[Sermon preached on Sunday, February 4, 2018 (Epiphany 5, Year B) at Saint Paul’s Church on Lake of the Isles – Minneapolis, Minnesota]

He came and took her by the hand and lifted her up. Then the fever left her, and she began to serve them.

Mark 1:31 (NRSV)

There is a story told of a man who lived in a house in a flood plain. One day, as thick, black storm clouds loomed on the horizon, a flood warning flashed along the bottom of his television screen. The warning advised all residents whose homes were in the flood plain to evacuate as soon as possible. “No need to hurry off,” he said. “If worse comes to worse, God will save me.”

The thick clouds soon blanketed the sky, horizon to horizon. Then the rain began to fall. After a morning of constant rain, the flood waters spilled over the banks of the river and quickly surrounded the man’s house. A police officer in a canoe came down the flooded street to evacuate residents who had stayed behind. “Thanks for stopping by, but I don’t need your help,” the man said. “God will save me.”

The rain kept falling until it had covered the man’s house. Just before the waters covered the second floor, he managed to scurry through an opened window and climb on his roof. After a long while, a National Guard helicopter flew overhead. When the pilot spotted the man on his roof, he circled back, dropped a rope ladder, and urged the man to get in. The man refused, but the piloted insisted, stating that the storm was forecasted to intensify and there would be no more rescue operations that evening. “No thank you,” said the man. “I appreciate you coming by, but God will save me.”

A few hours later, the flood waters covered the man’s house and he, unable to swim, drowned. When he got to the Saint Peter at the Pearly Gates, the man said, “I would like to file a complaint.” Saint Peter, unaccustomed to such audacious language, was taken aback.

“To which divine department might I direct your complaint?”

“To God,” the man said.

“What is your complaint?” asked Saint Peter.

“Why didn’t God save me?!” the man asked indignantly. “I had faith that God would save me and God did not. What’s up with that?”

Peter looked at the man curiously. “Let me find your file.” Saint Peter pulled a stack of papers from under his golden desk. His eyes squinted as the poured over the parchment. “Ah. I see here that you died from drowning. My condolences. I also see that you received a news bulletin, and both the police officer and National Guard reservist tried to save you. The question is not ‘why didn’t God save you.’ God tried! There times! What exactly were you waiting for?”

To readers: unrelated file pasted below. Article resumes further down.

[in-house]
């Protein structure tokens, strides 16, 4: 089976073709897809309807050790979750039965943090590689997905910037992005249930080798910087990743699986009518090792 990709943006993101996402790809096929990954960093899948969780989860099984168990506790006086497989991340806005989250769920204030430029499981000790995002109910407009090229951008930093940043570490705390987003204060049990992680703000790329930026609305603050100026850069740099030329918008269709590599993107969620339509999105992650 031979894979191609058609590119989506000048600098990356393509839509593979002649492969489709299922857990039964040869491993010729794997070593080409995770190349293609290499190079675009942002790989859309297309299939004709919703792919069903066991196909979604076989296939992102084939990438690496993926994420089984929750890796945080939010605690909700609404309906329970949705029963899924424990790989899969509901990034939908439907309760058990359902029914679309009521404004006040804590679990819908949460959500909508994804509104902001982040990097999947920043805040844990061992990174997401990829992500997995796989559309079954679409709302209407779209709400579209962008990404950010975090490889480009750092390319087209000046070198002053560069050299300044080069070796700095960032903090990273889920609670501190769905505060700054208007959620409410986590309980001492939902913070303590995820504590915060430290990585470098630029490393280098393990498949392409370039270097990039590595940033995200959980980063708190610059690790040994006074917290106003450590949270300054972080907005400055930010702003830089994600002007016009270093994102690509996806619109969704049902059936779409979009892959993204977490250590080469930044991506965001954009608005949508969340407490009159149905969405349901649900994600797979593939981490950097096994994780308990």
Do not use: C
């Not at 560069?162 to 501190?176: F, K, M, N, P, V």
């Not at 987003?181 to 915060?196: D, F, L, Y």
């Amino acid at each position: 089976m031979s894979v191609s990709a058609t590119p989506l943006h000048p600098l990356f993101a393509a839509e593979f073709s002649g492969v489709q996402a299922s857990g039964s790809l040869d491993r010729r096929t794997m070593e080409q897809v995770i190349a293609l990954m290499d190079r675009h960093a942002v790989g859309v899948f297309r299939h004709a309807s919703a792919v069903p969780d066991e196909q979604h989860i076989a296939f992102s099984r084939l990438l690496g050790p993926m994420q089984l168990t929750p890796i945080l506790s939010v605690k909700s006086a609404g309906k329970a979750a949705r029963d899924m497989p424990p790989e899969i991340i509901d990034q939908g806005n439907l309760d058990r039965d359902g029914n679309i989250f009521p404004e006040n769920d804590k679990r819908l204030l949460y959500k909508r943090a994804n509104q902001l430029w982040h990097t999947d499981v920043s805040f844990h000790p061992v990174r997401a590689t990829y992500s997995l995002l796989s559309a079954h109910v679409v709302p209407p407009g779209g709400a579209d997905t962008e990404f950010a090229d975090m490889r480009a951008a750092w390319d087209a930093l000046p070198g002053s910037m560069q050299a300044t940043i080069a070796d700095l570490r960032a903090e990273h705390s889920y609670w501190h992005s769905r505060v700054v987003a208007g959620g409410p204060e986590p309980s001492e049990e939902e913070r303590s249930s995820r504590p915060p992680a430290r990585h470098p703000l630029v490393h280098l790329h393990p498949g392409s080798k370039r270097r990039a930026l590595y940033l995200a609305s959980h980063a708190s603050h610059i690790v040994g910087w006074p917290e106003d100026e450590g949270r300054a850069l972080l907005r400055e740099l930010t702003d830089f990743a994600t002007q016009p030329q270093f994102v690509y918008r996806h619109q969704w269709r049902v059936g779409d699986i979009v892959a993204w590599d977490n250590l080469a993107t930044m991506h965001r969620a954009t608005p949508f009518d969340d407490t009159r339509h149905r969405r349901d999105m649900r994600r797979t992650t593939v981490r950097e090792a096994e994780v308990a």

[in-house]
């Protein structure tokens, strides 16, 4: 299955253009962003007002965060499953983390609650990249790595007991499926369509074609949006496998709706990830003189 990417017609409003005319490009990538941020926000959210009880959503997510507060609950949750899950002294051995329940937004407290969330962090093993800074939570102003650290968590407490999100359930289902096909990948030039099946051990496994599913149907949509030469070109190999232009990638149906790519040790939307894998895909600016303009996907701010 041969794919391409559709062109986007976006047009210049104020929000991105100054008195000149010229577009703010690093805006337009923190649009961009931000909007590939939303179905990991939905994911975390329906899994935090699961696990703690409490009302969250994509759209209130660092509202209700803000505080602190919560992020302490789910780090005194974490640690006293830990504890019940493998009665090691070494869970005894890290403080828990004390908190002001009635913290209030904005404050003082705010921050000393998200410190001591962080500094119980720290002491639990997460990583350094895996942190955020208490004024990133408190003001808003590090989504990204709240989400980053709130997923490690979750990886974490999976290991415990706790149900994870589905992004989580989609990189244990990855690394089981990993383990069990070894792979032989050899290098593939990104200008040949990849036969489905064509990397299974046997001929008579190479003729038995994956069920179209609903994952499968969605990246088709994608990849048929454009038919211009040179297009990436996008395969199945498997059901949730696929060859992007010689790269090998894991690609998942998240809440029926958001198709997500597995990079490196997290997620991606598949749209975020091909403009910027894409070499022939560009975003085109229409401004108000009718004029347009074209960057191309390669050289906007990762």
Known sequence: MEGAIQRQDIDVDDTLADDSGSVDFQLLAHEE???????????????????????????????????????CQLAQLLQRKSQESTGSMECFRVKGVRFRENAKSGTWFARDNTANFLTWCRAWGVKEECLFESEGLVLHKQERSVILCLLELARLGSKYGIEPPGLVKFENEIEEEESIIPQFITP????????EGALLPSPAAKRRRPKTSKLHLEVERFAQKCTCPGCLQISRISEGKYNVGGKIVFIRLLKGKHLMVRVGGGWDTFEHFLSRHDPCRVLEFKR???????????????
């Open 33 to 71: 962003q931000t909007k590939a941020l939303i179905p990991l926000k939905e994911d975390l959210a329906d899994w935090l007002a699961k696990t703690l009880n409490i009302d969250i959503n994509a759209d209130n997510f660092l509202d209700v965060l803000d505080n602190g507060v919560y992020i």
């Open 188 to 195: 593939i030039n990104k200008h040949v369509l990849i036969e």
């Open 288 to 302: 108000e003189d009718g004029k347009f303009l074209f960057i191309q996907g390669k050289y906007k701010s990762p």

Dear friends in Christ, I have a question for you: what are you waiting for? What holds you back from the work to which God has called you? What prevents you for taking the next steps to deepen your faith and your relationship to God? God tries to reach us over and over again. What are you waiting for?

Our Gospel this morning recalls the story of a Jesus on-the-move. In Mark’s Gospel, Jesus is in perpetual motion, moving from scene to scene, place to place, town to town, encounter to encounter on his way toward his ultimate destiny in Jerusalem. When we find him today, he is leaving the synagogue and entering the home of two of his disciples – Simon Peter and Andrew. Simon Peter’s mother-in-law is ill, so when Jesus comes into the house, he heals her. Her response to her recovery was διακόνει, related to same word from which we derive the word “deacon,” a word that literally means “service.” Curiously, right after this exchange, Jesus goes away to pray and then convinces his disciples to leave Capernaum, even with so much ministry left undone, because they have work to do elsewhere. And thus he goes, on his mission, to his destiny, leaving the people of Capernaum behind.

When I initially read this story, I was troubled by it. I had a challenging time coming to grips with a Jesus who looks human need in the face and turns the other way. Compassion is not a zero-sum game, there is enough to go around, enough to meet every human need, and Jesus turns away, leaving the sick and hurting people of Capernaum with no help.

Or so I thought.

As I wrestled with this story, I kept coming back to Simon Peter’s mother-in-law, a woman who stepped out of sickness and into a ministry of service. She never comes back into the text and we aren’t told what happens to her. For the writer of Mark’s Gospel, her purpose in the story is complete; however, for our purposes this morning, I want to draw out her story.